That vs. Which

The rules of restrictive versus non-restrictive, which govern the decision in selecting a relative pronoun in a sentence, can be applied to all cases of comma usage in the English (US) language's grammar rule on commas, including the Oxford and parenthetic clauses, which inherently dictates the assignment of open form and closed form styles, previously undefined.

Understanding That

Use that to indicate that the fragment that follows the pronoun limits, or “restricts,” the referenced object with the information that follows.

In the case of the use of that as a restrictive pronoun, a comma does not precede the pronoun or set off the clause.

For example:

The color that I chose is my favorite.

- In this example, I am specifying that my favorite color is the one I chose.

Which One That?

To simplify this complicated rule, the question of knowing if there is only one subject or more than one subject being modified by one of the relative pronouns (that or which) is offered as follows:

Do I already know which one?

If no further detail is needed to identify the target subject of the relative pronoun based on the context provided up to that point, then no further clarification is necessary to the audience.

For example:

The cat that I saw…

{The text after the word that is provided to clarify to the audience that, while there may be many cats, only the one that I saw is the subject being modified.}

The cat, which I saw,…

{The one cat that is the subject being modified is already clearly identified by the audience.}

Deciding Which One

Use which to indicate that the fragment that follows is supplemental in nature and does not further define or restrict the referenced object. In the case of the use of which as a non-restrictive pronoun, a comma precedes the pronoun and sets off the clause if the sentence continues passed the non-restrictive clause.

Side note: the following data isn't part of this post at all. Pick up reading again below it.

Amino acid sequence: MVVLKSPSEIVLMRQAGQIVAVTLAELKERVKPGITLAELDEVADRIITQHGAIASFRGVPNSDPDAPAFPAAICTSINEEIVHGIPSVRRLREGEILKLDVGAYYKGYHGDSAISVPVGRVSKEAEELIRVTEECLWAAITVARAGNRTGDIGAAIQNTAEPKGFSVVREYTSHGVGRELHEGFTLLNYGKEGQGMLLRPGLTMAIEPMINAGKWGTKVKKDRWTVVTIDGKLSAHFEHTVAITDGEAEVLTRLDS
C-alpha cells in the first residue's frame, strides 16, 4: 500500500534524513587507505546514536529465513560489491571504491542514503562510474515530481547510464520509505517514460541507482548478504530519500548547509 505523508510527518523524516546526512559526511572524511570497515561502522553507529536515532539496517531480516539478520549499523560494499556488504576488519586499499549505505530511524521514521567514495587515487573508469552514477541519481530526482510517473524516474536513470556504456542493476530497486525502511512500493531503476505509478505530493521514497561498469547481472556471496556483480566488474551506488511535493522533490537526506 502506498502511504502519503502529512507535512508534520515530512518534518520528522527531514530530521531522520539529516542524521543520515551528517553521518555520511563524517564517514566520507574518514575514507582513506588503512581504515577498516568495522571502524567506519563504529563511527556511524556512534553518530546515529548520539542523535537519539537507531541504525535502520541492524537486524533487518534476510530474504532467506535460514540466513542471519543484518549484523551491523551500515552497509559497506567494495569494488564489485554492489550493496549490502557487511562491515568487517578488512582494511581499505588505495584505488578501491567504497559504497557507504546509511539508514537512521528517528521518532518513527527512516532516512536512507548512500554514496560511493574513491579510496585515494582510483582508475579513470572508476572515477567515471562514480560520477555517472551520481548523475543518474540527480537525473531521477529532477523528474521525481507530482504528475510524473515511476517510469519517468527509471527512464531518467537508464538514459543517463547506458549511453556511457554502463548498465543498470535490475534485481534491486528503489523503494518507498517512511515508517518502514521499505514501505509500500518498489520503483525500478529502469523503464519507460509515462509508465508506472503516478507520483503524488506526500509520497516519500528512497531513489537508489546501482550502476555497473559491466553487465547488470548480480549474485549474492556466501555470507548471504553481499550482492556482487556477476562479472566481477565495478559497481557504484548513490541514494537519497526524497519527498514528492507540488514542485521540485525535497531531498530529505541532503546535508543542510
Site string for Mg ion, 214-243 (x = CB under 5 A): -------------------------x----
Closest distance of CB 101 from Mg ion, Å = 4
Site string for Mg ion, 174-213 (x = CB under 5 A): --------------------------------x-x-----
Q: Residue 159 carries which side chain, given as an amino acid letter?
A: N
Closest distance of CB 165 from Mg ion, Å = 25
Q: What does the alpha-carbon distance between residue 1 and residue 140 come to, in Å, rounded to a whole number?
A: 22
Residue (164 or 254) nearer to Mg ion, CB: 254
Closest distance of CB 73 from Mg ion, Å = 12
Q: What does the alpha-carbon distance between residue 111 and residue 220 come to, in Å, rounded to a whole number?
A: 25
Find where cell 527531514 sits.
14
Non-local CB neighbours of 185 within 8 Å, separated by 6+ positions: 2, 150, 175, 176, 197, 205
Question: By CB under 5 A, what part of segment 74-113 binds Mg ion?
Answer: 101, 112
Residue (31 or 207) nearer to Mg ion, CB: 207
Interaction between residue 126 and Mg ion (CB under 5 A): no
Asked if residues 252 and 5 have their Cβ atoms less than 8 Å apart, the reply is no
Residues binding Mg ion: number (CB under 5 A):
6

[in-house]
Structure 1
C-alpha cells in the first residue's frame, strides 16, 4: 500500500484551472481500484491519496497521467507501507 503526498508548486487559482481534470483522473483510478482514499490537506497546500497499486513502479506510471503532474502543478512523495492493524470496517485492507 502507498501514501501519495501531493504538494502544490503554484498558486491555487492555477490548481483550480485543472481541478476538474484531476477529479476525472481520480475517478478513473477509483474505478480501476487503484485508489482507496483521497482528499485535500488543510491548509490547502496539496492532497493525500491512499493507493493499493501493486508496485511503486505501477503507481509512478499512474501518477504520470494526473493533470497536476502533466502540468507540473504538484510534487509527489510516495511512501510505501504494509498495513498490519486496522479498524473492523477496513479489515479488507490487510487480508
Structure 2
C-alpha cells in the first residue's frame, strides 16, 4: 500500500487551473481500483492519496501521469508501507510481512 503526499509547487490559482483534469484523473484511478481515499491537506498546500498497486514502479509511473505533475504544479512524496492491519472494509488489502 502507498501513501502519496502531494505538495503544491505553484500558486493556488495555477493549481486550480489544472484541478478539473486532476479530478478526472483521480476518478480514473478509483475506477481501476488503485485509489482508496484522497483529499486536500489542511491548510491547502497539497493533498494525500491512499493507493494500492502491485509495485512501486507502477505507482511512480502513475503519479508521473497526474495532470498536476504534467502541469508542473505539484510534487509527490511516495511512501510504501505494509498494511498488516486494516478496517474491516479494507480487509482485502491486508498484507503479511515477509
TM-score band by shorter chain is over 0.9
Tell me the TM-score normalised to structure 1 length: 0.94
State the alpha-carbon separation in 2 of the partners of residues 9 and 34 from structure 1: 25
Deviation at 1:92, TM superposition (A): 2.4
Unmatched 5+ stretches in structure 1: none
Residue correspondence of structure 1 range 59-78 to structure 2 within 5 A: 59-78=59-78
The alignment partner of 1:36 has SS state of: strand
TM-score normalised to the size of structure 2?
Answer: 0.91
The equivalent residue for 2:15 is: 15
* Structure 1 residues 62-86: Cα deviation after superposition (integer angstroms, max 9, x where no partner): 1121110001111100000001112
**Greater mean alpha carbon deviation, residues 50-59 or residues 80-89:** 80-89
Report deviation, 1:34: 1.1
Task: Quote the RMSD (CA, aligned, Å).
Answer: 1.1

For example:

The color, which I chose, is my favorite.

- In this example, the color is my favorite, and I chose it. It is implied that the reader knows which color is being referenced; however, for the sake of clarity, this sentence can add the referenced color “red,” whereas the previous sentence would be awkward if the color is clearly defined.

Awkward: “The color red that I chose...” Since that is a restrictive pronoun, an identifying attribute (in this case, red) is not necessary and confuses the reader in the above context, because the parenthetic clause that follows serves to further define the referenced object. In this case, there would have to be different shades of red being referenced in order for this sentence to make sense and avoid sounding awkward. If there was only one available “red” as reference, then the reader should find this sentence awkward.

Implied: “The color red, which I chose,...” Since which is a non-restrictive pronoun, the parenthetic clause does not further define the referenced object, because the reader knows what is being referenced.

Other pronouns, such as who, are determined to be restrictive or non-restrictive based on the use of the comma.

For example:

“The person who shall remain nameless...”

- In this case, you are identifying a specific person from among a group of people as the one who will not be named whereas the others might be named.

“The person, who shall remain nameless,...”

- In this case, you know which specific person has been identified already and are further stating that the specific person will not be named throughout the remainder of the discussion. Also, there is no indication if the person is alone or within a group.

See Appositives for more information.

This has been a Chen Dushek public knowledgeshare--very rare